8 Dog Owner Etiquette Tips for Apartment Dwellers

One perk of apartment living is the community feel many buildings offer. There are opportunities to get to know your neighbors while passing through common areas or enjoying amenity spaces. It’ll be easier to turn neighbors into friends if you treat them respectfully, especially when there’s only a wall between living spaces. 

Being considerate of your neighbors is even more important when you live with a dog. Pets are wonderful additions to our lives, but they can also make a lot of noise and cause accidents. Embracing proper dog owner etiquette will help you be a considerate neighbor and keep the peace in your apartment community. This guide will discuss steps for appropriate etiquette and when it’s time to get professional help.

Dog Owner Etiquette: How to Be a Considerate Neighbor

Taking proper care of your dog as an apartment dweller will go a long way in making sure you and your neighbors have a positive experience. You’ll want to keep your dog in line within the apartment building as well as on surrounding grounds and even city sidewalks. Follow these tips on dog owner etiquette, and your neighbors and fellow city dwellers will thank you.

1. Pick Up After Your Dog

pick up after dog

It’s crucial to clean up after your four-legged friend. Always bring plastic bags on dog walks so you can dispose of pet waste in a sanitary manner. Picking up after your dog will keep your apartment community clean – and your city sidewalks as well.

2. Keep Them on a Leash

dog Etiquette

You should have your dog on a leash in hallways and common areas and on city sidewalks. Not only is this considerate of your fellow apartment dwellers and city pedestrians, but it can also help protect your dog. You don’t want your dog running into traffic or antagonizing another      animal that could potentially hurt them. Some buildings may even require you to keep your dog on a leash or carry them while in the lobby or other common areas. Keeping your dog leashed is the best way to keep everyone safe, and it reduces the chances of your dog bothering anyone.

3. Control the Barking

Dogs bark – it’s a fact. When it happens too often or at untimely hours, though, it can be a problem for you and your neighbors. Dogs can bark when they’re bored, in need of exercise, or stimulated by noises such as street traffic or shuffling in the hallway. You can reduce noise by keeping windows shut and making sure your dog stays in the quietest area of the apartment. 

4. Elevator Dos and Don’ts 

elevators with pets

Some buildings require dogs to use the service elevator, so be sure to abide by your building’s rules. Keep your dog on a short lease when using the same elevator as other tenants, or, if possible, consider carrying your dog while in a small space. Use extra caution when in an elevator with small children or other pets. 

5. Make Sure They Get Enough Exercise

dog playing

Ensuring that your dog gets regular exercise is an integral part of keeping them healthy. Your dog is more likely to remain calm when inside your apartment building if it gets enough exercise, which is a win for you and your neighbors. Consider hiring a dog walker who can take your dog out for a stroll if you work outside your home for long hours at a time. If you live in D.C., there are some great dog parks in the area.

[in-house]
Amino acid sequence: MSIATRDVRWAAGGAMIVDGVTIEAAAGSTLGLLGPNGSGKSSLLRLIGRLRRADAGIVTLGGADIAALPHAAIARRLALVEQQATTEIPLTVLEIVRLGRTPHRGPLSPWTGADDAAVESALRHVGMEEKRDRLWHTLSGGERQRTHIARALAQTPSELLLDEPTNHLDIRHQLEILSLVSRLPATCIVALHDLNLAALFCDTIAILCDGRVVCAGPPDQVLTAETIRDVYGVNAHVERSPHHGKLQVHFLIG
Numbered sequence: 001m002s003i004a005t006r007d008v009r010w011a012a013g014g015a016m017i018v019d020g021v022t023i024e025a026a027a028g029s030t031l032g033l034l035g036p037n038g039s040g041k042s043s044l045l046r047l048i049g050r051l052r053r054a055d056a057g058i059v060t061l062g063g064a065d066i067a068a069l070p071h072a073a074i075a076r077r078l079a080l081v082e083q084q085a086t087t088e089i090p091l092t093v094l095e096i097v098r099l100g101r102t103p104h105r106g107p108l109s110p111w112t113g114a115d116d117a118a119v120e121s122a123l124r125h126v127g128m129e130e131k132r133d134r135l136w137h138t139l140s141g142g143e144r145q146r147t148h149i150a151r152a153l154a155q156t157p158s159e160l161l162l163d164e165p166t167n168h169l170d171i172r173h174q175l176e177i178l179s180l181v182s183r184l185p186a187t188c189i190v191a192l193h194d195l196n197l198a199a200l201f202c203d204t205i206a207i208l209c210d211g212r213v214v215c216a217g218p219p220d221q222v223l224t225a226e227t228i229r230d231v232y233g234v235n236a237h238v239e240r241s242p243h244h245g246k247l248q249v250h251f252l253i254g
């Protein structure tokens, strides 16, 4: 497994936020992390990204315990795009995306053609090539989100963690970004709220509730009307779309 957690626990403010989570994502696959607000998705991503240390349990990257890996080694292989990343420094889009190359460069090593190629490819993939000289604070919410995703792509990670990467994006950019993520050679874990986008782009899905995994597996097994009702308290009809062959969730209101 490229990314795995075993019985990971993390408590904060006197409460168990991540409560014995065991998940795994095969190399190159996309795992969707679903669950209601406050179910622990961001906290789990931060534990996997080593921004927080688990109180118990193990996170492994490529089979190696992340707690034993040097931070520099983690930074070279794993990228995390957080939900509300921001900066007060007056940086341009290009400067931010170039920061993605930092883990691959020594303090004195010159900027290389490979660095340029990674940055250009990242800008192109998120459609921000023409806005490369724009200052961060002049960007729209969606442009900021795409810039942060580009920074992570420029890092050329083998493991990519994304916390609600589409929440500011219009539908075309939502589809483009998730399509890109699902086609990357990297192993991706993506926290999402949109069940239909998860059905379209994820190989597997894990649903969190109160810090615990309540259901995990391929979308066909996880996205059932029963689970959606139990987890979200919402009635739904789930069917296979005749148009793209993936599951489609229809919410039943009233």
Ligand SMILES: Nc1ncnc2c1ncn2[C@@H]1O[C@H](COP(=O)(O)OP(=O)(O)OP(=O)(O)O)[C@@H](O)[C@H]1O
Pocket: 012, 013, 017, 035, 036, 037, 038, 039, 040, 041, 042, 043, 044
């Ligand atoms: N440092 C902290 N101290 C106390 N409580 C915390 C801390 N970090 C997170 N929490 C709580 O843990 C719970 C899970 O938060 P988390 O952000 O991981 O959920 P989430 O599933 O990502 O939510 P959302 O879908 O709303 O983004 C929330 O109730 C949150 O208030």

6. Don’t Bring Them to a Swimming Pool

Refrain from bringing your dog to the swimming pool if your apartment community has one. If your dog swims in a community pool, it could cause a sanitation issue as well as present opportunities for your dog to bother your neighbors. It’s best to leave your dog at home when lounging by the pool.

7. Stick to a Routine

Dogs respond well to a set schedule, not unlike some humans. Try to go for walks at the same time every day and feed them on the same schedule throughout the week. Your dog will appreciate the consistency and might be better behaved as a result. 

8. Get Professional Help if Needed

dog training

Taking good care of your dog will help them be on their best behavior both at home and out in the world. Taking your dog for daily walks, making sure they are exercising enough, and having regular checkups with your vet are all important when it comes to the health of your pet. There are times when professional help is your best bet, such as the following:

  • Some rare health disorders can cause a dog to bark, so if training doesn’t fix a barking issue, consult with a veterinarian. Ask for referrals from friends if you don’t have a vet for your dog. If you live in the D.C. area, check out our guide to veterinarians in the city. 
  • If you’re still having problems after following the above steps, you might consider hiring a professional trainer. A good dog trainer can determine what is causing your dog to bark or perform any other unacceptable behaviors, and will have some ideas on training to fix those issues. Sometimes dogs need extra boundaries, and a trainer can provide added discipline. 

An unruly dog can make life difficult, plus cause significant consequences — such as upset neighbors and even eviction —  in an apartment setting. Enlisting professionals in the care and treatment of your dog when needed is another tenet of good dog owner etiquette. It can help your pet adjust to apartment living, which will make things easier for you and your neighbors. 

Pet-Friendly Apartments in D.C.

Even tenants who exhibit good dog owner etiquette can struggle to find the right place to live. DARO Apartments has several communities across Washington, D.C. that welcome pets with open arms. We have a range of floor plans and apartments in many of D.C.’s most coveted neighborhoods, and we have a pet policy that is clear and easy to follow.
Contact DARO Apartments to speak with a leasing expert and find your new D.C. area apartment home.

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